Saturn 3
Quicklinks
Top Links
trailers and videosfull cast and crewtriviaofficial sitesmemorable quotes
Overview
main detailscombined detailsfull cast and crewcompany credits
Awards & Reviews
user reviewsexternal reviewsawardsuser ratingsparents guidemessage board
Plot & Quotes
plot summarysynopsisplot keywordsmemorable quotes
Did You Know?
triviagoofssoundtrack listingcrazy creditsalternate versionsmovie connectionsFAQ
Other Info
box office/businessrelease datesfilming locationstechnical specsliterature listingsNewsDesk
Promotional
taglines trailers and videos posters photo gallery
External Links
showtimesofficial sitesmiscellaneousphotographssound clipsvideo clips

Connect with IMDb


News for
Saturn 3 (1980) More at IMDbPro »


2016 | 2015 | 2014 | 2013 | 2012 | 2011 | 2010 | 2009 | 2008

4 items from 2016


Drive-In Dust Offs: The Fury (1978)

2 July 2016 9:59 AM, PDT | DailyDead | See recent DailyDead news »

1978 cast a long shadow in the world of horror. From Dawn of the Dead to Halloween, the landscape was abundant with everything from the socially relevant to the singularly terrifying, from superior remakes (Invasion of the Body Snatchers) to quirky haunted houses (The Evil). And then there’s the red headed stepchild that no one talks about: Brian DePalma’s The Fury. Frenetic, action packed, and gruesome, The Fury never gets the love from even most DePalma fanatics. What a shame – it’s never less than entertaining, and at its best showcases the director’s mesmerizing visual touch.

Released in March by Twentieth Century Fox, The Fury made $24 million against its $5.5 million budget. That’s good green, folks, and DePalma received favorable reviews,  still basking in a critical glow left over from his previous effort, Carrie (’76). So why is it so easily dismissed, ranked along the lines of efforts like Wise Guys, »

- Scott Drebit

Permalink | Report a problem


Tony Dyson, 'Star Wars' R2-D2 Creator, Passes Away at Age 68

4 March 2016 9:58 AM, PST | MovieWeb | See recent MovieWeb news »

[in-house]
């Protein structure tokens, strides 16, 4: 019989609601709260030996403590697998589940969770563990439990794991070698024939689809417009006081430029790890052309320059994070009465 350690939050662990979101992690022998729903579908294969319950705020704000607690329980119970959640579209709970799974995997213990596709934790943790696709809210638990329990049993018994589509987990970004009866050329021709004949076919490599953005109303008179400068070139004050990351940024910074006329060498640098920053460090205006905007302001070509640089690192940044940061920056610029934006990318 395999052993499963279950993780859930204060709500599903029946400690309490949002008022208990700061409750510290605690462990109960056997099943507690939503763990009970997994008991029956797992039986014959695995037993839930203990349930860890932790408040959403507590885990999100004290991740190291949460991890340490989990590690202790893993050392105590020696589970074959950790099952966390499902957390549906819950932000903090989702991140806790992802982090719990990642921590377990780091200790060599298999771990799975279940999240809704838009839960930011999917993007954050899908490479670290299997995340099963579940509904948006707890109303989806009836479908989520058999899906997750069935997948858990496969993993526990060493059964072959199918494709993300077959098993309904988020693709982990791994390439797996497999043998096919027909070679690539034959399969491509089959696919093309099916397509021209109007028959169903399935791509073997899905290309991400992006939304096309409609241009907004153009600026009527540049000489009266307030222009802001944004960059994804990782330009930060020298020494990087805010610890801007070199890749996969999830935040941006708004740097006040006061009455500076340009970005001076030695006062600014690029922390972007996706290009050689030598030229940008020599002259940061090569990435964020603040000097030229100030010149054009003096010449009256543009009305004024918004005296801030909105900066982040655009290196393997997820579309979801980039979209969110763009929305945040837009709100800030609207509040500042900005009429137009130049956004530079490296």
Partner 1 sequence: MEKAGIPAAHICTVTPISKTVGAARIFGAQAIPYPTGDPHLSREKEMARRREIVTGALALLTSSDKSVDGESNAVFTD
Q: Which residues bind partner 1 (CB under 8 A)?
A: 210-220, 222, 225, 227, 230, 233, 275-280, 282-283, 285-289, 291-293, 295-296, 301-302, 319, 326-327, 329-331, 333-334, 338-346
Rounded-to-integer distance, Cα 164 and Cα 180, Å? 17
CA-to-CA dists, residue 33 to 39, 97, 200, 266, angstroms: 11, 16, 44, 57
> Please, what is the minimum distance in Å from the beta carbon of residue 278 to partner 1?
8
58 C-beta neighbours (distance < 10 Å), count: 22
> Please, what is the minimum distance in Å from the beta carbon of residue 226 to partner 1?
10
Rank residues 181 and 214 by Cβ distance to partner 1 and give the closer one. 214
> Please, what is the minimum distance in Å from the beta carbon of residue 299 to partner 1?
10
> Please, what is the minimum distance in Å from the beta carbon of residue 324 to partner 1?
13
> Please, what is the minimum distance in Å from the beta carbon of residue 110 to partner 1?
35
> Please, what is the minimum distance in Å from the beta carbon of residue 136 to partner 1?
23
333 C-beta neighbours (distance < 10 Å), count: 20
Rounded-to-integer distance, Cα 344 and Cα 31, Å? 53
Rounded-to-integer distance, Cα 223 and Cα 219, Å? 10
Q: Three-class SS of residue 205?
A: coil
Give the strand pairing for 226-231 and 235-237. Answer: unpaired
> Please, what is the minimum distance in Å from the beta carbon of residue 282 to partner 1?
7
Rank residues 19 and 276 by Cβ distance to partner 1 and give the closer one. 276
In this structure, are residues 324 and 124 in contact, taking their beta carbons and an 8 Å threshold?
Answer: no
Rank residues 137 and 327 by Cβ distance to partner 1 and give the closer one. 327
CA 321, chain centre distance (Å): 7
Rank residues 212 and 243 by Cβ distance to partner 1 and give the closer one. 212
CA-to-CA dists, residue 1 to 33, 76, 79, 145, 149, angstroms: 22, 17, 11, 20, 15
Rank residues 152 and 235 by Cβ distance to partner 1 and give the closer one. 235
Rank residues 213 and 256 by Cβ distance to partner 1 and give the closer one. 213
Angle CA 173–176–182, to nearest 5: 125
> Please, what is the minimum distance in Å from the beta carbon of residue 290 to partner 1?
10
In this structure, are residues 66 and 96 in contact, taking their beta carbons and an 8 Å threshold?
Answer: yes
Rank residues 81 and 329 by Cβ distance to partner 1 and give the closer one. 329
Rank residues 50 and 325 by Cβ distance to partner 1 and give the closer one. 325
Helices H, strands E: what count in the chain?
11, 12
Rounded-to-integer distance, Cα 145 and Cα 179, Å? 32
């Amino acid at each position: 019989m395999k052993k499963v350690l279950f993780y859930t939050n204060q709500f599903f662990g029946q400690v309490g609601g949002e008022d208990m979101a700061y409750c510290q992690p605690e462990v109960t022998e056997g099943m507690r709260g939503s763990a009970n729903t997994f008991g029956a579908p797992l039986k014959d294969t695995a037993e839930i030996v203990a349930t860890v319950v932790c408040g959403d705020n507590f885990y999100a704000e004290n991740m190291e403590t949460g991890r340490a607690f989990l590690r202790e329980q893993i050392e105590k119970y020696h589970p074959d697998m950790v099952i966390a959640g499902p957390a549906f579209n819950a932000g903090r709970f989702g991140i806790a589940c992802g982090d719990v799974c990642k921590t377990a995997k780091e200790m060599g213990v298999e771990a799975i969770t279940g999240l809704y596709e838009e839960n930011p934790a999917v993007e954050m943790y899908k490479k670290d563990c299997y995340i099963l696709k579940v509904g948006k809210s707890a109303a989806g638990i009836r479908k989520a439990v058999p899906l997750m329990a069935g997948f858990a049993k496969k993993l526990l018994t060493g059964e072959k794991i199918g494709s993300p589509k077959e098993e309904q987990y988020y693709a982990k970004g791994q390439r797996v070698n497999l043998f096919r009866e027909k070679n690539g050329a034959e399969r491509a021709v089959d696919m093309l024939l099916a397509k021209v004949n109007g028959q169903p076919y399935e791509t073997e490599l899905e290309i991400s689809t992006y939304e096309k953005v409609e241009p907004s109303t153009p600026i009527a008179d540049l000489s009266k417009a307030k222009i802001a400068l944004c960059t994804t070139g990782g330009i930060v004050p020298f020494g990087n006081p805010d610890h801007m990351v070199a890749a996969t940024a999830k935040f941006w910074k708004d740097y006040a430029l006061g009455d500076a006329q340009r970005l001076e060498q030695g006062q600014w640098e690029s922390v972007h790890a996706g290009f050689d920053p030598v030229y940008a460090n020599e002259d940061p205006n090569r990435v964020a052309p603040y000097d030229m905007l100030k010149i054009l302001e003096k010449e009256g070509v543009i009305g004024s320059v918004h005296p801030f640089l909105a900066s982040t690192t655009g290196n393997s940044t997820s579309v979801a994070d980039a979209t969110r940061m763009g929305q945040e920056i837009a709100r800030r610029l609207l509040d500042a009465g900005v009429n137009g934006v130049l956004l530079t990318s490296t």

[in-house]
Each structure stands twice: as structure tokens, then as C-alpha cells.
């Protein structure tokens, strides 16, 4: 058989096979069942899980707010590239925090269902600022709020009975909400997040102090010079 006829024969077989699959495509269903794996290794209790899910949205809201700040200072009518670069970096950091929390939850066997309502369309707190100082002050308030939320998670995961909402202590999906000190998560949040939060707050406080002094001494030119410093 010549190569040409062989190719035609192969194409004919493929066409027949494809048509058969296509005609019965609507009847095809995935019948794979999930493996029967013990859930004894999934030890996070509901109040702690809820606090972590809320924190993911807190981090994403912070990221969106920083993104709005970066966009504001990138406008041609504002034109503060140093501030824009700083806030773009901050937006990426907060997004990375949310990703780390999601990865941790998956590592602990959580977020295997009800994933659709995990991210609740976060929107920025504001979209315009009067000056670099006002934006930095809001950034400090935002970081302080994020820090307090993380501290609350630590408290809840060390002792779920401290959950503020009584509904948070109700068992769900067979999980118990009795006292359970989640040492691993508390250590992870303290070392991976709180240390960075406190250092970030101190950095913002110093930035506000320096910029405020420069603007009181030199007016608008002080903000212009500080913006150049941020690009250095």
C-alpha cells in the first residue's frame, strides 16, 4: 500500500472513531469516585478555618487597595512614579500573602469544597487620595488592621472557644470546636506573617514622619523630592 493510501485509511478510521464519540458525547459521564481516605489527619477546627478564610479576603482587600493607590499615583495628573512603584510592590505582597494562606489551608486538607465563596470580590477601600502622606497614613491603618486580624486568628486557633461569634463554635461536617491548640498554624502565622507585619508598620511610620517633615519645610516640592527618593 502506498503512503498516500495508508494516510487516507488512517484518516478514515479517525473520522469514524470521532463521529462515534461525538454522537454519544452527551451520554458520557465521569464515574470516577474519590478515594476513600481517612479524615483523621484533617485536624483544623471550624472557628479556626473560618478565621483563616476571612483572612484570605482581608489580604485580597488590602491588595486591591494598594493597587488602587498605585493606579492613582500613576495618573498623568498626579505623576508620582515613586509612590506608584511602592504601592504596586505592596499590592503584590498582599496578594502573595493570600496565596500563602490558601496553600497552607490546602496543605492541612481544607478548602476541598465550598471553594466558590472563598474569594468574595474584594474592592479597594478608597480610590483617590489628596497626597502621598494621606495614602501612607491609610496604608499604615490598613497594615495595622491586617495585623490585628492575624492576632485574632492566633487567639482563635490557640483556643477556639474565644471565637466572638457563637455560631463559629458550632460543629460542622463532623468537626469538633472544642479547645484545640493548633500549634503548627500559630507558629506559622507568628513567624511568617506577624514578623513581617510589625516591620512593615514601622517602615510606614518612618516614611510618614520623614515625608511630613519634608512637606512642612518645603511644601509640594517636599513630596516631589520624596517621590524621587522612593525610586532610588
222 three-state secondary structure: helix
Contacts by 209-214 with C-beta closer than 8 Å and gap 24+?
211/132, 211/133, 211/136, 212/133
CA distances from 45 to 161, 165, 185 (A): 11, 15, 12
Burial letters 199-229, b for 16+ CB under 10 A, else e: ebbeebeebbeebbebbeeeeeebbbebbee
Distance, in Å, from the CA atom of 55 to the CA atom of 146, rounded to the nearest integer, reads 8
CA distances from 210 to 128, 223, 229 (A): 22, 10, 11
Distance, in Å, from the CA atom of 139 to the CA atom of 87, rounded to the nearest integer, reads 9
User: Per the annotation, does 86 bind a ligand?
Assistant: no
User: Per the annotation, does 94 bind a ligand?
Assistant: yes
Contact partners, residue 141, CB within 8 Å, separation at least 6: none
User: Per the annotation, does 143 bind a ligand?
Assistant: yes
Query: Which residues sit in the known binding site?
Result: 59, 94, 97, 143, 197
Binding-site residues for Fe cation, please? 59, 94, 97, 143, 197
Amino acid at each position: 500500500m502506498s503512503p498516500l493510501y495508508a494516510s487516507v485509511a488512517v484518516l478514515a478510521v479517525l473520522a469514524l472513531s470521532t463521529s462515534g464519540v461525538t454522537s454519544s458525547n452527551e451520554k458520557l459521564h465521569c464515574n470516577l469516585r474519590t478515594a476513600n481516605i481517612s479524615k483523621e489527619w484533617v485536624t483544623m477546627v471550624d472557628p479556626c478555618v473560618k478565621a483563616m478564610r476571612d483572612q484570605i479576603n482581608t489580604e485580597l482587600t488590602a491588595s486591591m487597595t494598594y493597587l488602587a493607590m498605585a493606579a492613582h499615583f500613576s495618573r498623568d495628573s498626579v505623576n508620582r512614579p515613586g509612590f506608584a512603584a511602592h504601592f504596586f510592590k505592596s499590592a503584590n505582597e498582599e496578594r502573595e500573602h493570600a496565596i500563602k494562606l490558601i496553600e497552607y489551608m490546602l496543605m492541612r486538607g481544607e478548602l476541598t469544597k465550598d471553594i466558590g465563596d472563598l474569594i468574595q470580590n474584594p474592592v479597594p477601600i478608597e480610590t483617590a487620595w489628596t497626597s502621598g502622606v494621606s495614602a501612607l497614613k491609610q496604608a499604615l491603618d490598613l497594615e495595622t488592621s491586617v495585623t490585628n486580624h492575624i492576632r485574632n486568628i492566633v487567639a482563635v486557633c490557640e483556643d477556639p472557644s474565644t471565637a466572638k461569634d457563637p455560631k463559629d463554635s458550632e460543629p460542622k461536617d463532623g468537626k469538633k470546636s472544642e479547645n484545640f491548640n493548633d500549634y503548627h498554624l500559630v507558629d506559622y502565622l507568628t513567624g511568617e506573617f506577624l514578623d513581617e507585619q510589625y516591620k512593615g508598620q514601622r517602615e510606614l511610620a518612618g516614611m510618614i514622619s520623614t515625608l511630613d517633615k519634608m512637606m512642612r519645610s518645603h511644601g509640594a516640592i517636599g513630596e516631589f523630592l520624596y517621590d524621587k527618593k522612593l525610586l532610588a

The Star Wars universe has lost an important figure today, one who helped bring the franchise's most beloved droid to life. BBC is reporting that Tony Dyson, who built the original R2-D2 robots for the 1977 sci-fi classic Star Wars: Episode IV - A New Hope, has passed away at the age of 68. He passed away from natural causes, but an autopsy is being performed to determine the official cause of death.

Tony Dyson owned the The White Horse Toy Company, and in the late 1970s, he was commissioned to build R2-D2 robots for the 1977 classic Star Wars: A New Hope. He ended up building two robots equipped with a seat for actor Kenny Baker to sit in, along with two more "throw away" units that were used in a bog scene in the 1980 sequel Star Wars: Episode V - The Empire Strikes Back. He ended up creating eight R2-D2 robots in total, »

- MovieWeb

Permalink | Report a problem


Tony Dyson, Creator of 'Star Wars'' R2-D2, Dead at 68

4 March 2016 9:09 AM, PST | Rollingstone.com | See recent Rolling Stone news »

Tony Dyson, a special effects supervisor and robotics expert who built the iconic R2-D2 droid for the Star Wars franchise, was found dead on the Maltese island of Gozo where he lived. He was 68. An autopsy is being carried out to determine exact cause of death, but investigators said foul play isn't suspected and Dyson likely died of natural causes, the BBC reports.

At the time of Star Wars, Dyson was the owner of the White Horse Toy Company, which was commissioned to create the eight R2-D2 models, including four with remote control capabilities. »

Permalink | Report a problem


Saturn 3: the 1980s' weirdest sci-fi movie?

1 February 2016 6:03 AM, PST | Den of Geek | See recent Den of Geek news »

facebook

twitter

google+

A killer robot powered by baby brains. Kirk Douglas wrestling in the nude. Ryan revisits the very weird 80s sci-fi movie, Saturn 3...

Some movies aspire to strangeness. Other movies have strangeness thrust upon them.

Saturn 3, released in 1980, was an intensely strange film. But unlike, say, Altered States (also released in 1980) it wasn’t made by a filmmaker with a taste for the oblique or the outre. Unlike Luigi Cozzi’s Contamination (1980 again), Saturn 3 wasn’t a low-budget shocker made in a hurry, but a relatively expensive exercise created by some of the most seasoned filmmakers in the business at that time. (For frame of reference, Saturn 3's budget was broadly the same as Alien’s, released less than one year earlier.)

On the surface, Saturn 3 sounds like a perfectly reasonable recipe for an intense sci-fi horror flick. It’s about a pair »

- ryanlambie

Permalink | Report a problem


2016 | 2015 | 2014 | 2013 | 2012 | 2011 | 2010 | 2009 | 2008

4 items from 2016


IMDb.com, Inc. takes no responsibility for the content or accuracy of the above news articles, Tweets, or blog posts. This content is published for the entertainment of our users only. The news articles, Tweets, and blog posts do not represent IMDb's opinions nor can we guarantee that the reporting therein is completely factual. Please visit the source responsible for the item in question to report any concerns you may have regarding content or accuracy.

See our NewsDesk partners